A knot on the left front- you are single and looking for love
    A knot on the right front- you are taken (verliebt, verlobt oder verheiratet) in love, engaged or married
    A knot in the middle front - a virgin (I have never seen this)
    A knot in the middle of the back - a waitress or a widow

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  44. I am of German descent and have always loved dirndls as well as bunads, which represent the Norwegian portion of my heritage. Not as into Irish folk dress, which is odd as I'm more that than anything! Had been browsing a few eBay and etsy sellers who carry trachten on and off for a year or so when your first dirndl-related post popped up, at which point I became obsessed. So, I've recently purchased a silk dirndl/trachten dress with matching apron and a lovely embroidered dirndl for which I will need to get a blouse and apron.

    I'm almost 46, but in a "creative" field, so I get away with a lot of outfits that would violate the dress code at other offices. In an age when people give one the side eye merely for wearing a nice dress to dinner or the theater rather than showing up in jeans or yoga pants, I'm going to get a few snide remarks anyway, so I might as well have fun with my clothes!

    I'm also a lifelong retro fan and novice sewist. Thanks for these posts and your blog, books, and fabric.

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  45. I think dirndls are cute and fun dresses although I would always feel odd to wear it having the apron. I think removing the apron or using a cloth that can “hide” the apron would be a good way so women can wear it more, rather than in cosplays or costume parties!

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  46. There is a difference between cultural expression and self expression. I am part Indian, I have no issue with people of different cultures wearing indian clothing. The thing about 50s clothing is that it was part of a very internationalist times. I have pictures of my mother wearing 50s skirts in far flung corners of the Middle East! She liked to wear her traditional clothing but it was always for events rather than day to day. I think I would love to wear a dirndle, and I would love to see what people have to say about it!

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  47. What a great post! NOH NEE Dirndls are my favorite designs coming out of Germany right now, I wish I had one of my own. I wear my dirndl all the time here in the US and I do get some funny looks, but not as many as I used to. Especially when I wear the ones that I design to have a belt instead of an apron. I also think the lace-up corset style bodice is one of the details that make it more noticeable as not "every day" clothing. I have been designing and creating dirndls for my line http://raredirndl.com for almost 6 years now and every year more and more people are looking to wear dirndls for more than just Oktoberfest here in the states and it makes my heart smile!! Thanks again for this great post. I'm going to share with with the Rare Dirndl community on FB!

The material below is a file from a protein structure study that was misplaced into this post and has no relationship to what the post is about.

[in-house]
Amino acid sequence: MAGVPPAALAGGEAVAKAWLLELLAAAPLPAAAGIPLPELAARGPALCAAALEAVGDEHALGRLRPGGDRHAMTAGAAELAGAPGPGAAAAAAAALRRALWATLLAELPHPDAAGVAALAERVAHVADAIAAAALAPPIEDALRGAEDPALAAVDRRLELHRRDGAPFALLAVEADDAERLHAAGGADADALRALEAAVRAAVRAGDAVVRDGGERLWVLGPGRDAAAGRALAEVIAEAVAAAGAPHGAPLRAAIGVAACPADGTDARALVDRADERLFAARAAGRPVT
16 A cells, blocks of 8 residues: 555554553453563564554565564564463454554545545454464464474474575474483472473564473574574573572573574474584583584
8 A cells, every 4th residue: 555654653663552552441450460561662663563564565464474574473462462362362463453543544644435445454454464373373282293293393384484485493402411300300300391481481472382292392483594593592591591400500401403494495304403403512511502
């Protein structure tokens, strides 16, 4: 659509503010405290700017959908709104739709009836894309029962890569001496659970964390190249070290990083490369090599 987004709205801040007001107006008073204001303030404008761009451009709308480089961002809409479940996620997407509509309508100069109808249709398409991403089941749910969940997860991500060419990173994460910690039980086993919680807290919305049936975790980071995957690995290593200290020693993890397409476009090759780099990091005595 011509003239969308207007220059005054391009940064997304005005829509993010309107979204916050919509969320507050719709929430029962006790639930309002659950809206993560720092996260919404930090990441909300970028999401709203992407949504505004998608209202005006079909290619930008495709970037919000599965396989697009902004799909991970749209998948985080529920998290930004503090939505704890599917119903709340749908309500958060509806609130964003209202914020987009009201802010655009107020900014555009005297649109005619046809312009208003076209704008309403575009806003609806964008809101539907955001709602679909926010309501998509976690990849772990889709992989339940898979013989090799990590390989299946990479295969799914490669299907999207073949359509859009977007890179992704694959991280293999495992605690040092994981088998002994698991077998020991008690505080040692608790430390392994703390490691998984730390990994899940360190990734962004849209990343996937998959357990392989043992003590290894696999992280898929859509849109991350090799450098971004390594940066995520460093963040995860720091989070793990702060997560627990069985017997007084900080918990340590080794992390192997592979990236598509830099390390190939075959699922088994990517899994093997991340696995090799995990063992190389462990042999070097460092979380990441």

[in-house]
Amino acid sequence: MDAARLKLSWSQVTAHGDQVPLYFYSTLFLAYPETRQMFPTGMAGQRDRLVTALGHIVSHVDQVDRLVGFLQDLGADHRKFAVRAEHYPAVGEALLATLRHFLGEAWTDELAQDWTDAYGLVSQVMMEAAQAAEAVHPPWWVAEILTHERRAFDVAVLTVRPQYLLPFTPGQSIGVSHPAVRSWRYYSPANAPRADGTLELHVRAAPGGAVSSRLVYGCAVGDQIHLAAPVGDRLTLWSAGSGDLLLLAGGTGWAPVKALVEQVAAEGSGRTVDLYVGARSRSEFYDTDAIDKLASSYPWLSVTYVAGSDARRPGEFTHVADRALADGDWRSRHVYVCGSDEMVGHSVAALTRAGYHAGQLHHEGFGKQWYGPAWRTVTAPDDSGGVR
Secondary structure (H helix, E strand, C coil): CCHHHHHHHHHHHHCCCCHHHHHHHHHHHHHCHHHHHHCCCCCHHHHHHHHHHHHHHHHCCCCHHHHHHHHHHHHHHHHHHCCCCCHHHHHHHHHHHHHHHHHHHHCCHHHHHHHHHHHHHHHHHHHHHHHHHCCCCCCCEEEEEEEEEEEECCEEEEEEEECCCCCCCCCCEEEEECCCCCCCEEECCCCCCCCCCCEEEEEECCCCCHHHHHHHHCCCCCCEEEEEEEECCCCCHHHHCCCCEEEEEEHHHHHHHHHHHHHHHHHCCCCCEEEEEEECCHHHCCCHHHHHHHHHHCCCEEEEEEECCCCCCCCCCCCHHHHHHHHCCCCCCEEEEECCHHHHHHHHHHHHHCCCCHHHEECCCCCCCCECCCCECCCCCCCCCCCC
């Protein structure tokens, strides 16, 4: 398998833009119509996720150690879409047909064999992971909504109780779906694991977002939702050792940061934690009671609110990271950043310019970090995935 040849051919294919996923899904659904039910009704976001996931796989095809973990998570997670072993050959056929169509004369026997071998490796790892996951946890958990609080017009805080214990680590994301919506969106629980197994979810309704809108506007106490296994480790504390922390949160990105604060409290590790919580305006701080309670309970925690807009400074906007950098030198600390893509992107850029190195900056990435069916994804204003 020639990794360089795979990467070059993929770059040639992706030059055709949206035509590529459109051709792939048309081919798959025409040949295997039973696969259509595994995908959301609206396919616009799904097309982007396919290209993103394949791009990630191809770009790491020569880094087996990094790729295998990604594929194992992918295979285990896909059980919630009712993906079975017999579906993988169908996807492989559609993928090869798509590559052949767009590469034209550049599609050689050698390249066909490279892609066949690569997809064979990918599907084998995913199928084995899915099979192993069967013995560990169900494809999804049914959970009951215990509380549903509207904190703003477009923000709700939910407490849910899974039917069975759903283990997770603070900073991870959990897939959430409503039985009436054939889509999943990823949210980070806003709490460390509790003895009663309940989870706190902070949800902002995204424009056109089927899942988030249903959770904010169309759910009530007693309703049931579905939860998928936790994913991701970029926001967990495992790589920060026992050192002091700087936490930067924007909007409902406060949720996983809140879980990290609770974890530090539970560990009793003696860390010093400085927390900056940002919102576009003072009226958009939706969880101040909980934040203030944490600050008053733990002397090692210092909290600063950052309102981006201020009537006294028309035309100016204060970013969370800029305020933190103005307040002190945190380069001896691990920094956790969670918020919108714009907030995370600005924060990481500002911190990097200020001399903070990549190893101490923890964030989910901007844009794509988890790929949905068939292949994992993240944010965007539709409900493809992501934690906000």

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  48. I visited Munich about two years ago, and was fascinated by all the dirndls displayed in all the boutique windows, when the only women who seemed to be wearing them worked in the touristy places. Until we saw all the young ladies dressed up for a night on the town. That's when all the dirndls came out!

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  49. I am coming late to this conversation, having read all the posts and comments so far (wow). I wanted to add a few notes: The similar silhouette to 50’s dresses is no coincidence, because the “New Look” borrowed heavily from this garment style, especially with the adaption of the shirred white bustline (shelf bust). Some of the best examples are the dress adaptions made by “Lanz Originals” in California starting in the late 40’s. Their use of the traditional dirndl fabrics, trims and silhouette was a natural for junior dresses worn during the 50’s, however the dirndl itself was modified to have a higher neckline like a jumper, or even a Victorian high neckline, and sleeves were often added. In making that very full skirt, consider using a pleating machine designed for smocking (it will create ‘cartridge’ pleating for the waistline). It is interesting to me that the signature style worn by Ray Eames throughout her career was a dark toned dirndl inspired ‘jumper’ worn with a crisp white blouse in a timeless way.

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  50. I'm jumping in here rather late...but I'm so happy to have found your blog and this particular series on Dirndl! I lived in Germany for a time in the late 90s, and didn't buy a dirndl. Of course, I didn't plan to move to back here to the US, so there wasn't a sense of urgency. Silly me. Now here I am almost twenty years later and I'm thinking of sewing my own custom dirndl. I have two from Austria (via a good friend), both starting to show their age, though I still wear them as often as possible. I have the Folkwear 123 pattern, and am finding some of the instructions inscrutable. Luckily youtube exists and there are some decent video tutorials on there. Wish me luck--and if I manage to succeed in making my dirndl I'll link a photo. Ps, I plan on making the rosenruche trim for the neckline.

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Thanks for your comments; I read each and every one! xo Gertie